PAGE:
The experiment was conducted in the pathogen processing facility at Texas Tech University under simulated industry conditions. 

A total of 240 pounds of beef trim was obtained from the Texas Tech Meat Laboratory. In the pathogen processing area, 200 pounds of the trim was inoculated with either Salmonella spp or E. coli O157:H7. Two separate sets of trim were prepared with either a high or low level of inoculation. After inoculation (dipping in a pathogen cocktail solution), the trim was held for 20 minutes on sanitized stainless steel tables to allow for pathogen attachment.  The control beef trim (40 lbs) was dipped into the sterile water solution and served as the control. 

Trim was fed to the grinder using a conveyor belt similar to those used in the industry. Trim was treated by spraying the antimicrobial treatment onto the surface of the trim as it moved down a conveyor towards the grinder. Forty pound portions were sent down the conveyor and treated with one of the 5 treatments:  Acidified Sodium Chlorite (1,000 ppm), Lactic Acid-2% or 4%, and Acetic Acid-2% or 4%. The conveyor was cleaned between treatments. Samples of the trim were taken just prior to grinding. The remaining trim was ground and samples were collected just after grinding for microbiological analysis. The remaining ground beef was divided into 3 equal portions, vacuum packaged and two portions were stored at 4°C (39°F) in the processing lab for 5 days. One portion of the ground beef was collected 24 hours after processing and the second 5 days after processing. The other portion of the ground beef was frozen and analyzed 30 days after processing. Control samples were processed before the pathogen inoculated samples and were treated with a water spray instead of an intervention. All experiments were repeated three times. Both E. coli and Salmonella inhibition were evaluated separately.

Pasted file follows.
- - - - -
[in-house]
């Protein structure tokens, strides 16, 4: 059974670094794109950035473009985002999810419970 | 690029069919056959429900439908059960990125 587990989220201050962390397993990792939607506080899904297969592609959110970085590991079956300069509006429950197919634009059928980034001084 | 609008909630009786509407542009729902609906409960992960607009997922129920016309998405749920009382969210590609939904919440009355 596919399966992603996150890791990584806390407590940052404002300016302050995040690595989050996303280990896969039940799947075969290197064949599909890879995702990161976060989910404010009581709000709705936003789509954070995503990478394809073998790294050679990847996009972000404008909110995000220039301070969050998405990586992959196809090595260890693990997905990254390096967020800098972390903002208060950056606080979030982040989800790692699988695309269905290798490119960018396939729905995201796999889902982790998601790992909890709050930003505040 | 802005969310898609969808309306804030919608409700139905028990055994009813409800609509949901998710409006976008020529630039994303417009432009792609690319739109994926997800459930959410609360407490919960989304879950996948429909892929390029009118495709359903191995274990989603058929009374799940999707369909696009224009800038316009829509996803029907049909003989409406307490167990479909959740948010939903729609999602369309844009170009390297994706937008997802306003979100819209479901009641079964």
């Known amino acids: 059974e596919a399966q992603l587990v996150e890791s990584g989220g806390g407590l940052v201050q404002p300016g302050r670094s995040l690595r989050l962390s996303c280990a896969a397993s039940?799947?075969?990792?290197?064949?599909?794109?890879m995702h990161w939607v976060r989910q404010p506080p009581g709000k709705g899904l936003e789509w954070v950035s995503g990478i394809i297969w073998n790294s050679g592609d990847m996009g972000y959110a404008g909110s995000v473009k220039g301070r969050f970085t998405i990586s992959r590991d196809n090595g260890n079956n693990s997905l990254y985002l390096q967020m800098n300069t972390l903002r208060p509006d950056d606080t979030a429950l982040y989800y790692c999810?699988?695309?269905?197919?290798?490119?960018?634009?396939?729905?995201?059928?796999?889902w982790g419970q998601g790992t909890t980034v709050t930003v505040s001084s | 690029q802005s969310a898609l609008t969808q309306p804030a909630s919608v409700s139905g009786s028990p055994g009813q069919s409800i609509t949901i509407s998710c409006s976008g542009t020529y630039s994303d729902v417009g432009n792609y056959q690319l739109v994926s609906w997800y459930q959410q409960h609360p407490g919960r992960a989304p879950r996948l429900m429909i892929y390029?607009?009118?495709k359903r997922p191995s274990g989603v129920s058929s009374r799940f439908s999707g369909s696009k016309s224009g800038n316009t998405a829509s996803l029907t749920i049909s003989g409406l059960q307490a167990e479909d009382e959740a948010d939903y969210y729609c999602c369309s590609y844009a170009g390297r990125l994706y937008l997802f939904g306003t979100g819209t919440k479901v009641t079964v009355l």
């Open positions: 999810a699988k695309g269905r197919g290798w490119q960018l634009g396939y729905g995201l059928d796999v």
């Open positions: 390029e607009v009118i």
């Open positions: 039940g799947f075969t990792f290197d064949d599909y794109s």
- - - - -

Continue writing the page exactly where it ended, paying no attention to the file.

Sensory Testing
Preparation of product for sensory testing was similar to the previous experimental design protocol except NONE of the trim was inoculated with pathogens and the sample preparation occurred in the Texas Tech Meat Laboratory. The pathogen processing facility is in the Food Technology building to maintain a physical separation between pathogen inoculated products and consumer products.  

Ground products were vacuum packaged and stored at 4°C (39°F) for 5 days or were stored frozen. Sensory tests for comparison of controls and treated samples were conducted on the following time periods: 

  • Immediately after grinding
  • 24 hours after grinding 
  • 5 days after grinding (refrigerated product)
  • 1 month after grinding (after freezing) 
Raw products were evaluated for appearance and composition. Beef patties were prepared from the product, cooked to an internal temperature of 71°C (160°F) and evaluated for both flavor and appearance.